Capital, Contagion, and Financial Crises: What Stops a Run from Spreading?
Since the 2008 crisis, regulators have focused their attention on tightening capital and liquidity regulations. This paper uses data on share prices and credit default swaps to investigate the relationship between banks’ balance-sheet liquidity and regulatory capital and the effect of the Lehman Brothers failure on those banks. While the authors do not challenge the well-established findings that increased capital and liquidity may prevent or improve the recovery from a crisis, they find that in some markets banks with greater capital and liquidity were more exposed to the Lehman Brothers failure rather than less.
Bank Intermediation Activity in a Low Interest Rate Environment
Central banks have kept interest rates low since the financial crisis, eroding banks’ profit margins. This paper studies how reduced profitability in the low interest rate environment has affected bank intermediation activity. The authors find that low interest rates drive banks to shift from interest-generating lending to fee-generating activities and this shift is more pronounced in banks that are less well-capitalized.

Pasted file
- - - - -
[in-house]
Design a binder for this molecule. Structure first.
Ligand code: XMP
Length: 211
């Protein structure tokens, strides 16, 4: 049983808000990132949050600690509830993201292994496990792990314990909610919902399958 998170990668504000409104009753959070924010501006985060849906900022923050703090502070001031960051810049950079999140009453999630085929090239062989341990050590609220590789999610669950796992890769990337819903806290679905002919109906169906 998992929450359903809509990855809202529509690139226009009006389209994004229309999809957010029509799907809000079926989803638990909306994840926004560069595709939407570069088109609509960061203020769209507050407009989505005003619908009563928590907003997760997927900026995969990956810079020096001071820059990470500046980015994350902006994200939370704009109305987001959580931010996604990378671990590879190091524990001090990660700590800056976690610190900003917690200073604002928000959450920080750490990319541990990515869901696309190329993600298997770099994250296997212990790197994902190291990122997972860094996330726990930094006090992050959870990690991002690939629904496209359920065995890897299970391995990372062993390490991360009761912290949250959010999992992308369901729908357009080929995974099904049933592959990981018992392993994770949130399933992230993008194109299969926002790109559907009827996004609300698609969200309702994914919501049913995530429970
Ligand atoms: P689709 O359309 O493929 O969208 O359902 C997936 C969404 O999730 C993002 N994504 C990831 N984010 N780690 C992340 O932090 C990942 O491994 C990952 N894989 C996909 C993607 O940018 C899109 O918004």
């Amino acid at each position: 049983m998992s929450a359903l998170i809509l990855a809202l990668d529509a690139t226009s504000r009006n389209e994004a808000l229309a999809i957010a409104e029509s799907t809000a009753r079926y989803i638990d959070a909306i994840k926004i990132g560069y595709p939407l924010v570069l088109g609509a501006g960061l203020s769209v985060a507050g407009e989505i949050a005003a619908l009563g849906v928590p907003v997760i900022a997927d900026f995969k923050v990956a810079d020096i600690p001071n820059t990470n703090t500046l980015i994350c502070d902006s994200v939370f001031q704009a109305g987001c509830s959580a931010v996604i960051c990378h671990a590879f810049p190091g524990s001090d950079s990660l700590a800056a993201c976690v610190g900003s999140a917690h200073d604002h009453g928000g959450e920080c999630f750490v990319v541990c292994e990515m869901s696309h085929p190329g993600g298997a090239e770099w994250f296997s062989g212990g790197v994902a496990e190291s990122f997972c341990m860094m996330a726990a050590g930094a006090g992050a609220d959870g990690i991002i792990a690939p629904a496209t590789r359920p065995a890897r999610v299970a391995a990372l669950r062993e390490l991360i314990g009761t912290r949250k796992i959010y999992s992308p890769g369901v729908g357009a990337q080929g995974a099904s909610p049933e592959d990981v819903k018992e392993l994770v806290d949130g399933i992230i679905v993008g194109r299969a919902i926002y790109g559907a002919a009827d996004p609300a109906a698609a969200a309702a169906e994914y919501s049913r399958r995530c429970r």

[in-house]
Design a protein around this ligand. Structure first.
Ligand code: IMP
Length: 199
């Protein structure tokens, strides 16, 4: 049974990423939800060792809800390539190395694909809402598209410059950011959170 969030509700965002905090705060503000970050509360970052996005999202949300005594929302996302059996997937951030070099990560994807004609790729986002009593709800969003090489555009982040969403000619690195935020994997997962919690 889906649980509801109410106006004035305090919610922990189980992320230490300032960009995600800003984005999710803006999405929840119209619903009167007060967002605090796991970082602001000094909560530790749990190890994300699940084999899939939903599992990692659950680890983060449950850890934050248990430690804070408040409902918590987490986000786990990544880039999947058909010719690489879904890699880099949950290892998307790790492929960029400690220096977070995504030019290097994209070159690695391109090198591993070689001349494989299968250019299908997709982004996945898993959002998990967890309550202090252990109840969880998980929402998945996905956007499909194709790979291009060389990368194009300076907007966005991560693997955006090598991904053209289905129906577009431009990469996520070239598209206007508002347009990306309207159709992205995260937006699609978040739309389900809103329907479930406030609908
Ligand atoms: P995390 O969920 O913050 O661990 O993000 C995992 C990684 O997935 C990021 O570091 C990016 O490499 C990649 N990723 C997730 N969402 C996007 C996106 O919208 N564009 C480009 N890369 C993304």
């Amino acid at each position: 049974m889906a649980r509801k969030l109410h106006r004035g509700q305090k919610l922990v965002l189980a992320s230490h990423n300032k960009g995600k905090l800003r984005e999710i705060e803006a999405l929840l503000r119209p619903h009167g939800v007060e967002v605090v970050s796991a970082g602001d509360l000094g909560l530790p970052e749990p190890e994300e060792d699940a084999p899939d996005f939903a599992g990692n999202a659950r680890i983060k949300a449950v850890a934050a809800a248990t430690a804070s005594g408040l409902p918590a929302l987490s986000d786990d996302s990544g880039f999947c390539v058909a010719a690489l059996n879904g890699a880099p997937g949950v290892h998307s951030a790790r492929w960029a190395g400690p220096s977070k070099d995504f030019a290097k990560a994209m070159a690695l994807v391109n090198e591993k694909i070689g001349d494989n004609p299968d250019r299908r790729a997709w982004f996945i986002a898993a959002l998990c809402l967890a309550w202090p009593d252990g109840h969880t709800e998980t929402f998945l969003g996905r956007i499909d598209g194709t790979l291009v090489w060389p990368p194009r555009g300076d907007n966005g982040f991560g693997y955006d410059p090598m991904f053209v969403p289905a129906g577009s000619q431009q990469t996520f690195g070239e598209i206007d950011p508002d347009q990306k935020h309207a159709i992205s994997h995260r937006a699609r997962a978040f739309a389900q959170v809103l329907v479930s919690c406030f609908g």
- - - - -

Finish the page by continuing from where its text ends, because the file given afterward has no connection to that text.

Read More: https://www.bis.org/publ/work807.htm
A Quantitative Analysis of Countercyclical Capital Buffers
The counter-cyclical capital buffer (CCyB), which allows central banks to increase banks’ required risk-based capital during credit expansions or periods of financial system vulnerability in order to prevent financial crises, has never been raised above zero in the U.S. This paper shows that in computer simulations of a stylized economy, the CCyB could reduce the frequency and severity of such crises.
How Do Foreclosures Exacerbate Housing Downturns?
Foreclosures were a key feature of the recent housing downturn, with roughly eight percent of the owner-occupied housing stock experiencing a foreclosure. This paper uses a structural model to analyze the effect of foreclosures on the downturn and the policies designed to mitigate foreclosures. The authors find that foreclosures amplify the initial shock to the housing market and that, regarding policy, principal reduction is less cost effective than lender equity injections.
Read More: https://www.nber.org/papers/w26216